Behind the Candelabra

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behind_the_candelabraSteven Soderbergh's Liberace biopic is notable for two things.  First, the film has been heavily hyped as being Soderbergh's final film as a director.  It remains to be seen whether this truly will be his final film or if Soderbergh will merely end up taking a sabbatical for a few years.  The film is also notable for reportedly being turned down by major film distributors for being “too gay,” which is why the film ended up being produced by and aired on HBO (even though there were also some festival screenings of the film). Behind the Candelabra follows the final decade in the life of the famous pianist Liberace (), who despite his flamboyant appearance publicly denied that he was a homosexual.  However, behind the scenes, Liberace enters a relationship with a young man named Scott Thorson ().  What begins as a passionate affair slowly dissolves over the years, until the two have a very public break-up. I have to admit that, despite the high profile director and actors involved, the film still felt to me like a typical made-for-TV biopic.  Of course, since the film was made for HBO, it featured some sex and language that you wouldn't see on a film made for network TV.  Even though the film was originally intended for a theatrical release, the somewhat lower HBO budget is quite evident throughout and the actual plot has a real “by the numbers” feel to it. The weak plot is made-up for somewhat by the quality of the performances.  Both Michael Douglas and Matt Damon are quite unrecognizable in their roles, especially after both characters undergo plastic surgery, which results in quite a few facial prosthetics.  Speaking of which, Rob Lowe has been getting some buzz for his brief appearance as the quite weird plastic surgeon Jack Startz.  Based on what I've heard about this scene-stealing role, I expected the character to be a bit weirder than he turns out to be.  However, Lowe definitely has the most interesting make-up of the film.  Also unrecognizable is Scott Bakula as Scott Thorson's friend Bob Black and I watched more than half of the film before realizing that it was playing Liberace's manager Seymour Heller. Overall, I have to say that, other than the hype of this being Steven Soderbergh's final film, I didn't see the film as much more than a so-so HBO biopic.  The performances do elevate the film a little bit, but Behind the Candelabra is still a very by-the-numbers film and, in my opinion, not the best film to finish of Soderbergh's directorial career with.  Still, it was an OK film.7 | FAIR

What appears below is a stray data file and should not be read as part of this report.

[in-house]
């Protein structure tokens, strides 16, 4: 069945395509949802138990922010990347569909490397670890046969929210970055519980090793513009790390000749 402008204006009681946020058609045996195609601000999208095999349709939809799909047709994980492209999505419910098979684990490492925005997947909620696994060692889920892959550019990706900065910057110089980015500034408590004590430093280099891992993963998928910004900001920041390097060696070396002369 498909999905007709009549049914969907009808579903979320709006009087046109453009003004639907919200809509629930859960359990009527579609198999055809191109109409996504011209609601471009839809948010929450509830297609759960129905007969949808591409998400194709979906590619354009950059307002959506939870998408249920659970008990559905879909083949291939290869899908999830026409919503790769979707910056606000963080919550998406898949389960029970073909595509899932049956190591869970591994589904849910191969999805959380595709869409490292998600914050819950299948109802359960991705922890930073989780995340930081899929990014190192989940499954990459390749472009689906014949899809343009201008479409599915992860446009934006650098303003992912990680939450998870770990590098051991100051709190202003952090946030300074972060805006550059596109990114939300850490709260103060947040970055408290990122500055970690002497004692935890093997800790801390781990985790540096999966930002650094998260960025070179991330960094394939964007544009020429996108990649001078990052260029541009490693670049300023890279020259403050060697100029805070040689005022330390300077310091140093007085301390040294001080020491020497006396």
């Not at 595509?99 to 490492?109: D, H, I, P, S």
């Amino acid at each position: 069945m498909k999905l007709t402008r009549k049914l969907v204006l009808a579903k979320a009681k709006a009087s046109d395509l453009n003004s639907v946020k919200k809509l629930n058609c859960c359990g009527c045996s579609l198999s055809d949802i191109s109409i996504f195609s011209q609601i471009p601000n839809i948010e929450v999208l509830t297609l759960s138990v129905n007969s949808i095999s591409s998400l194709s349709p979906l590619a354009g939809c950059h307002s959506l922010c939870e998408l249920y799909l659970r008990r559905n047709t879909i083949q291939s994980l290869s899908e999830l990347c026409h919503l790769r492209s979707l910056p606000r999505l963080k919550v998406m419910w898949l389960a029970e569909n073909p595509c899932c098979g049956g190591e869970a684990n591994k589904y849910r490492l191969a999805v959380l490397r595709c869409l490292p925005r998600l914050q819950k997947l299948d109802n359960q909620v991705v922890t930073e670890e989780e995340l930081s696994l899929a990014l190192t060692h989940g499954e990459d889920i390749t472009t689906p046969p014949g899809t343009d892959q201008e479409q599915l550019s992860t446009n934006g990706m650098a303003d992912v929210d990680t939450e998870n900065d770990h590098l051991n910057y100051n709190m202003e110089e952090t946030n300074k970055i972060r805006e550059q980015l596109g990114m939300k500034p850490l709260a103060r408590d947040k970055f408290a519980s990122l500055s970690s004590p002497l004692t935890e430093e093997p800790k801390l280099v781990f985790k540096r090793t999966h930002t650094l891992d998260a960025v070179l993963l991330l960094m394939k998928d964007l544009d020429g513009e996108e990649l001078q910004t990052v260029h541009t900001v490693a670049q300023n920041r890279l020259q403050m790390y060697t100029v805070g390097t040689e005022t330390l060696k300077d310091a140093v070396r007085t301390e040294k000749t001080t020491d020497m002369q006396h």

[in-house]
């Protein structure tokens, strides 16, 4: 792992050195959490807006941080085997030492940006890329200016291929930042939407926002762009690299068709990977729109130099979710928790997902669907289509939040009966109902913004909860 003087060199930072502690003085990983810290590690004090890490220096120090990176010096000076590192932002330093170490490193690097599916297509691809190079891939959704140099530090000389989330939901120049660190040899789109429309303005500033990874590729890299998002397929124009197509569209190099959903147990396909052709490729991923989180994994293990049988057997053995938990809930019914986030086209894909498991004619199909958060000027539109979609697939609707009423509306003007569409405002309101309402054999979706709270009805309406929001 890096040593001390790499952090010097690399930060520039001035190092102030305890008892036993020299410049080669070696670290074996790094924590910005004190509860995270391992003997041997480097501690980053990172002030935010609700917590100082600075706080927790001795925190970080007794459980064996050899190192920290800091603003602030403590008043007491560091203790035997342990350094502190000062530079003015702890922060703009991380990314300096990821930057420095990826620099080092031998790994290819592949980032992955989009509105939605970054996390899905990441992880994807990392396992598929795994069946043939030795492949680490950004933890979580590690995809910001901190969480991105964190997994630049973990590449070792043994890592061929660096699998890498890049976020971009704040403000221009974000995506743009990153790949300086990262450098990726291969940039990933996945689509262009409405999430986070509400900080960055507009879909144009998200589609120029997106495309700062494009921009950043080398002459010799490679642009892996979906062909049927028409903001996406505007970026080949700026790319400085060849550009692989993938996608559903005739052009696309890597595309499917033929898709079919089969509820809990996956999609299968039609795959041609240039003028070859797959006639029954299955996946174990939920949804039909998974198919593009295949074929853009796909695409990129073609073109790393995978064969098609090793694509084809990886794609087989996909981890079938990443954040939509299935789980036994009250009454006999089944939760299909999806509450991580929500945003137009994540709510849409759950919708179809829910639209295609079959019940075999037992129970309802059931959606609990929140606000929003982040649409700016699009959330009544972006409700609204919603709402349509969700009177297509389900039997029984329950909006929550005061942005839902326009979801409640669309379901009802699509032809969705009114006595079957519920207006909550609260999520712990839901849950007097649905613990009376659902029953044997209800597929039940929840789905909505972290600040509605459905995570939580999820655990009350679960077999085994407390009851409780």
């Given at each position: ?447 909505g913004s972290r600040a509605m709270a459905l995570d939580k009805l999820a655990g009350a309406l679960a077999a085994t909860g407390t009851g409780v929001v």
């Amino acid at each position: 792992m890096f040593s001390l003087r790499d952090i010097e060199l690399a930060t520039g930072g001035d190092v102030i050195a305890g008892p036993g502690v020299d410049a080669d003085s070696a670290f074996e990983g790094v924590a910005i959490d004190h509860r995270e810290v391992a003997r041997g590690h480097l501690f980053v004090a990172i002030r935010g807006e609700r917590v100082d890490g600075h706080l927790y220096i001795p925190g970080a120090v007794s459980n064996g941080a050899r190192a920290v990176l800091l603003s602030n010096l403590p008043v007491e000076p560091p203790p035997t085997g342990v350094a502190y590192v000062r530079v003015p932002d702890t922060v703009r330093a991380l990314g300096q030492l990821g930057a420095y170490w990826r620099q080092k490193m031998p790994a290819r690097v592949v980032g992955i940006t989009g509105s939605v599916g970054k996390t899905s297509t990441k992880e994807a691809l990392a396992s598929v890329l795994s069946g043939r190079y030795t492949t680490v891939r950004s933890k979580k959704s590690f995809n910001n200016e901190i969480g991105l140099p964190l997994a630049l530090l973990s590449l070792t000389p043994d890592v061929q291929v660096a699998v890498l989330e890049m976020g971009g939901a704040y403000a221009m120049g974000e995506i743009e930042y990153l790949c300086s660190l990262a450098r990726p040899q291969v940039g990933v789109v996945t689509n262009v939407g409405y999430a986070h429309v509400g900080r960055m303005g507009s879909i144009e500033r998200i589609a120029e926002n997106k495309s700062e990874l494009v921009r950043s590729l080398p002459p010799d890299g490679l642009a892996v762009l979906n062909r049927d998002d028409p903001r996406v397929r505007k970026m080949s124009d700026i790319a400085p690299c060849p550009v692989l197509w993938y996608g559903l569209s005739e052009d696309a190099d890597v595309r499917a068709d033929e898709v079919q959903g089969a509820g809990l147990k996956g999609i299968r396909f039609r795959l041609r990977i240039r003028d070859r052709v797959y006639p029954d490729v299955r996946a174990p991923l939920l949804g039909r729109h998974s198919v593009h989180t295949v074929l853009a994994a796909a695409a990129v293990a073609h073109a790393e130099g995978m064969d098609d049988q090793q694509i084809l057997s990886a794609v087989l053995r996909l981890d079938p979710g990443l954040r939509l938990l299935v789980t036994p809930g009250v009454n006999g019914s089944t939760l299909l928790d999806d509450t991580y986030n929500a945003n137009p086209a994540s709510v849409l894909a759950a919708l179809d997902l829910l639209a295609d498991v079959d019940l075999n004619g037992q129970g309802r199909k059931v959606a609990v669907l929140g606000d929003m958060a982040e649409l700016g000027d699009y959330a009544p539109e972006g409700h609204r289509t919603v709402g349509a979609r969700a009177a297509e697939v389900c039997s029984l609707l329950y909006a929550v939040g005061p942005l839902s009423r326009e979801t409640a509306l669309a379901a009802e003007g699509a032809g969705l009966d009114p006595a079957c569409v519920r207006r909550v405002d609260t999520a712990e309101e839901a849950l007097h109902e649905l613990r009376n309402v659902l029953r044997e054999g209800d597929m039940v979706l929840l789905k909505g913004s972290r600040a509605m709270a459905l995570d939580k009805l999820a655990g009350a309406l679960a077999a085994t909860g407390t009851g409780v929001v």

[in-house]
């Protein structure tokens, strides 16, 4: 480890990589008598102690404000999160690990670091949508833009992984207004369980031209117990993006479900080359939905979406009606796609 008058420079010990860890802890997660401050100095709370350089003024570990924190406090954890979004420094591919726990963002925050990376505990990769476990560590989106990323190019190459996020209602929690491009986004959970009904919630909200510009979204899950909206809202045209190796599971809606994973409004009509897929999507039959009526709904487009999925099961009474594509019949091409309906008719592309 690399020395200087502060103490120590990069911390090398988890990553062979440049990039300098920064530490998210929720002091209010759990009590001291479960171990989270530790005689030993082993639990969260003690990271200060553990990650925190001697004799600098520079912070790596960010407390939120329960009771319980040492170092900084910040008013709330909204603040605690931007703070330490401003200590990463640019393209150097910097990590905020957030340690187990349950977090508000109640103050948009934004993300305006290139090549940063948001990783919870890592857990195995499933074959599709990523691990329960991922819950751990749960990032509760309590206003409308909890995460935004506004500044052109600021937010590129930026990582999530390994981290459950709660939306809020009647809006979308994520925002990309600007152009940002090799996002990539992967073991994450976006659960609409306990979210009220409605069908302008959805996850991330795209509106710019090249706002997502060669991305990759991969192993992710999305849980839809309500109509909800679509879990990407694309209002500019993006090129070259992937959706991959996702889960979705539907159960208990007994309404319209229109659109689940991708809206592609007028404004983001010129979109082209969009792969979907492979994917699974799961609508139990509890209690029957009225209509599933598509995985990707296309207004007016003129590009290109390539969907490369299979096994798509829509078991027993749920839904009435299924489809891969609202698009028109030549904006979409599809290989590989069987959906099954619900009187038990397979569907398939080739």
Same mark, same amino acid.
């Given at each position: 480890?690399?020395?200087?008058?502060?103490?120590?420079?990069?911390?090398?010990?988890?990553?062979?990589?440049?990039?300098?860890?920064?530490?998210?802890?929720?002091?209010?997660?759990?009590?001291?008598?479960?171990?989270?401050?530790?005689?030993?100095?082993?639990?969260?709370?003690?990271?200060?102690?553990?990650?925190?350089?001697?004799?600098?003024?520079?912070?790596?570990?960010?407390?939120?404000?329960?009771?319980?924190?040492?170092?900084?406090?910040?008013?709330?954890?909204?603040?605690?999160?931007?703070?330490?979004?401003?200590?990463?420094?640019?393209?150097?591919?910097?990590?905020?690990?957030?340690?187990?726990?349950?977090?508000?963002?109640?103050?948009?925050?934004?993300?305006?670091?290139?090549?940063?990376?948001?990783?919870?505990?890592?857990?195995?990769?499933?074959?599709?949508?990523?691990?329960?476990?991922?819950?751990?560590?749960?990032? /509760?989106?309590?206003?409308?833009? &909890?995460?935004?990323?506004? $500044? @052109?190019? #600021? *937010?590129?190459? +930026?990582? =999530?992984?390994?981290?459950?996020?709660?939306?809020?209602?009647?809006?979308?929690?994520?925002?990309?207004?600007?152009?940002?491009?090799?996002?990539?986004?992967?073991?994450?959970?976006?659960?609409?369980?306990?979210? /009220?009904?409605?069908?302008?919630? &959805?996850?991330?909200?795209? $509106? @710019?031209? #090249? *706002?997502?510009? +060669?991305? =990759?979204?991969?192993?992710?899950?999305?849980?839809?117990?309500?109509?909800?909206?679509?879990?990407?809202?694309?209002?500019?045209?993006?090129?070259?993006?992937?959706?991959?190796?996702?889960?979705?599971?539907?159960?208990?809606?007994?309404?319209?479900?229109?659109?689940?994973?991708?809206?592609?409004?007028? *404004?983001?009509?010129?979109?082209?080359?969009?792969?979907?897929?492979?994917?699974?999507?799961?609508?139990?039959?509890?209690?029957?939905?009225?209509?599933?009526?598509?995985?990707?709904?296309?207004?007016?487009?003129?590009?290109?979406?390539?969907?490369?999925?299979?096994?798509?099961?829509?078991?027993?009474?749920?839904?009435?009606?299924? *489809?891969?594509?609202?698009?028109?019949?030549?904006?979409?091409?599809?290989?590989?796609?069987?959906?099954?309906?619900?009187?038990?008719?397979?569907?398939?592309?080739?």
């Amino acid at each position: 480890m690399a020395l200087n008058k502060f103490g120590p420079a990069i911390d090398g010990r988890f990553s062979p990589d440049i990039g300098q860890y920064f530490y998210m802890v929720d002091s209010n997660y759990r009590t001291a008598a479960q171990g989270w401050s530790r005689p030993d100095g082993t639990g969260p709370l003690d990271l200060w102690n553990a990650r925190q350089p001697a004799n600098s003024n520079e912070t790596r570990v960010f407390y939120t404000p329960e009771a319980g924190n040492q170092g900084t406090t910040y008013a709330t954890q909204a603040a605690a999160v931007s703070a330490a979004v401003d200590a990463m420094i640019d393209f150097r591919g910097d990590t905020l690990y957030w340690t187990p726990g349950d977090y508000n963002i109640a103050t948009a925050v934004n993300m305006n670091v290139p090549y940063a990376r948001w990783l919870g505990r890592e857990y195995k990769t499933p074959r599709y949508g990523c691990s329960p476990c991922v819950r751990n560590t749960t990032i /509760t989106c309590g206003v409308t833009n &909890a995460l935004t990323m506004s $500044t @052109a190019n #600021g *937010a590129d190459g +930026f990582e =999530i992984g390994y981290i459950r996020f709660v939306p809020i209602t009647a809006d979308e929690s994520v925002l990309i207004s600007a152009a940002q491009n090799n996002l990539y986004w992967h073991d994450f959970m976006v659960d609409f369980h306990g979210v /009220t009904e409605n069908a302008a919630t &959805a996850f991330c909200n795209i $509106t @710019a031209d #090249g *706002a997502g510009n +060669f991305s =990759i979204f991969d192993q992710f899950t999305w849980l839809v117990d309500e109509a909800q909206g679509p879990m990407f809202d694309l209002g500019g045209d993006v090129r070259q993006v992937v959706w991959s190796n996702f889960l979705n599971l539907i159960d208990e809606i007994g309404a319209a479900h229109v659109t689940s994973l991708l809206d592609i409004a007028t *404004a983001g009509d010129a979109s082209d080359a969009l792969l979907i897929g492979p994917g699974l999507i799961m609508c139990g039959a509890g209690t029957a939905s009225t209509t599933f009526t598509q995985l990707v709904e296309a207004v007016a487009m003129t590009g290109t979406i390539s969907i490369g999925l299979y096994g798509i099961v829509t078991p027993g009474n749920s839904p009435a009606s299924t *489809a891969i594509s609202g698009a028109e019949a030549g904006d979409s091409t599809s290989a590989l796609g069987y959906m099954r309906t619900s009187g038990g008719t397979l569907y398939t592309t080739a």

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Sean Patrick Kelly
Sean Patrick Kelly
Sean Patrick Kelly is a freelance film critic and blogger based in Toronto, Ontario, Canada.